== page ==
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St John’s wort causes most drug interactions, finds review

BMJ 2012; 345 doi: http://dx.doi.org/10.1136/bmj.e7295 (Published 29 October 2012) Cite this as: BMJ 2012;345:e7295
  1. Lilian Anekwe
  1. 1BMJ Evidence Centre

Warfarin, insulin, aspirin, digoxin, and ticlopidine had the greatest number of reported interactions with herbal and dietary supplements, a systematic review of 85 studies has found.

Most problems were caused by ingredients such as St John’s wort, magnesium, calcium, iron, and ginkgo, says the review in the International Journal of Clinical Practice.1 Each of these has been documented to interact with 147, 102, 75, 71, and 51 individual drugs respectively.

Researchers looked at 54 review articles and 31 original studies of people who took herbal medicines and dietary supplements at the same time as prescribed drugs, as well as books and websites, to find out more about the most common drug interactions and problems caused when herbal medicines and dietary supplements interfere with prescription drugs.

The literature covered 213 herbal and dietary supplement entities and 509 prescribed drugs, with 882 interactions described in terms of their mechanisms and severity.

More than 42% of the drug interactions were caused by the herbal and dietary supplement altering the pharmacokinetics of the prescribed drugs. Just over a quarter (26%) were described as major interactions.

Among the 152 identified contraindications, the most frequent involved the gastrointestinal system (16.4%), neurological system (14.5%), and renal/genitourinary diseases (12.5%).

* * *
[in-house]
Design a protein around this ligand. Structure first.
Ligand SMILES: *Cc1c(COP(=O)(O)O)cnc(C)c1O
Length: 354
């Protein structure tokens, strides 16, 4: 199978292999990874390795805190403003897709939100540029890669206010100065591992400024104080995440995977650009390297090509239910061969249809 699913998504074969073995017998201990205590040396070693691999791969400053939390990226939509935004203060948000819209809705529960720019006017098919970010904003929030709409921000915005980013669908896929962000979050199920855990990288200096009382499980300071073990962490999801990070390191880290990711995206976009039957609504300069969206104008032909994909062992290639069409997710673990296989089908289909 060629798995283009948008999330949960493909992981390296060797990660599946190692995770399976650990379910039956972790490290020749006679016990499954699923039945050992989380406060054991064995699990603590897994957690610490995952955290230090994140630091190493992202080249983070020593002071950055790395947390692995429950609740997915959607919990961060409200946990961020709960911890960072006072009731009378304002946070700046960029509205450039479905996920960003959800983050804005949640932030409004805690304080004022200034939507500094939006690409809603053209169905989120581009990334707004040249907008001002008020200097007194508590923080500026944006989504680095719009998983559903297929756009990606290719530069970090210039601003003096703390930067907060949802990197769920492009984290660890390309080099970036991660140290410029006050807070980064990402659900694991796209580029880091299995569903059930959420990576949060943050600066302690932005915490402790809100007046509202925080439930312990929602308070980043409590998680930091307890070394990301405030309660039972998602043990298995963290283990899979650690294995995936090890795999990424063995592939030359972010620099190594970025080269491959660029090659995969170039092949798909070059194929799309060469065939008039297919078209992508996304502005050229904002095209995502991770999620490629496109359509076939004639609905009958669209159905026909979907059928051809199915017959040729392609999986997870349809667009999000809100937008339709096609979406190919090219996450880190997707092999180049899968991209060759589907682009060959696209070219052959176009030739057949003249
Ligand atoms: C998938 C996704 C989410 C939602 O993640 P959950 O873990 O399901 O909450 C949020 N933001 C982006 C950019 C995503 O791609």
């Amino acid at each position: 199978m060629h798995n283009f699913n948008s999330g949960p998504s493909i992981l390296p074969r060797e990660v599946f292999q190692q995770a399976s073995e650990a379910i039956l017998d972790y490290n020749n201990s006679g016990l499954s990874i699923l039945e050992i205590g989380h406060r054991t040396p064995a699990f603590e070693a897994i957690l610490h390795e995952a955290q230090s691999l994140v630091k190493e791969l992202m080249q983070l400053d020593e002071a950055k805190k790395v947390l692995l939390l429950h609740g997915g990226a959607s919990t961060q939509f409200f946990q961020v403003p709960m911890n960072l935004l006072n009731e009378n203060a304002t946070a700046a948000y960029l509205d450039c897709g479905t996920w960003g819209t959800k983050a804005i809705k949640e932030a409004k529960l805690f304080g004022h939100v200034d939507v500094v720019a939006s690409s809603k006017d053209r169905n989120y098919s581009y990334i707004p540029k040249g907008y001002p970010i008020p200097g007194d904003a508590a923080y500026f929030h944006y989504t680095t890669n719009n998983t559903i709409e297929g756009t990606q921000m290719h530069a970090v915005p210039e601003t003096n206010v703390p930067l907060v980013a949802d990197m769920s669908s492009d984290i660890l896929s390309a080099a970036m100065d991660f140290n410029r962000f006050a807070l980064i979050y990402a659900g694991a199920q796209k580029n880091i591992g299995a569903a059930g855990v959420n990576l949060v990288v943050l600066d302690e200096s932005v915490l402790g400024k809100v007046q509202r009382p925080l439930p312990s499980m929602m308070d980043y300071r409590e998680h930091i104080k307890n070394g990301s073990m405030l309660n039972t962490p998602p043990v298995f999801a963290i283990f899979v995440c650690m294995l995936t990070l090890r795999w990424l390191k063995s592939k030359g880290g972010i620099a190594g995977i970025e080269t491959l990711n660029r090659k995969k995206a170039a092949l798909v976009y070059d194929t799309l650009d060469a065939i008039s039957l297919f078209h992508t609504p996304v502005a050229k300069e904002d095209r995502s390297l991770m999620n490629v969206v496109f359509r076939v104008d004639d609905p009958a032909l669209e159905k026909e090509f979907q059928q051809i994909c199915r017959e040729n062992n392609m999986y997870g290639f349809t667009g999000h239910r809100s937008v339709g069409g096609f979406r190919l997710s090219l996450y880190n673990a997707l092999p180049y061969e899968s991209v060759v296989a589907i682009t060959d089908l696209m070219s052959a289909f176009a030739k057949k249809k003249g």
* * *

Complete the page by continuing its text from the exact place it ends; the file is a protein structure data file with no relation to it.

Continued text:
Herbal and botanical remedies were more likely to have documented drug interactions and contraindications than the other dietary supplements, such as vitamins, minerals and amino acids, said one of the review authors, Hsiang-Wen Lin from the College of Pharmacy, China Medical School, Taiwan.

Flaxseed, echinacea, and yohimbe had the largest number of documented contraindications.

In an accompanying editorial Professor Edzard Ernst, emeritus professor at the University of Exeter, said that despite widespread use of “natural” remedies “our current knowledge is still woefully incomplete.”2

He believes that the number of interactions between herbal and dietary supplements and prescribed drugs could be under-reported and doctors can help quantify the problem.

“Patients deserve reliable information, and it is our duty to provide it,” writes Ernst. “We have to become vigilant and finally agree to monitor this sector adequately. Each individual doctor can contribute to this process by routinely including questions about alternative medicine use in their medical history taking.”

Notes

Cite this as: BMJ 2012;345:e7295

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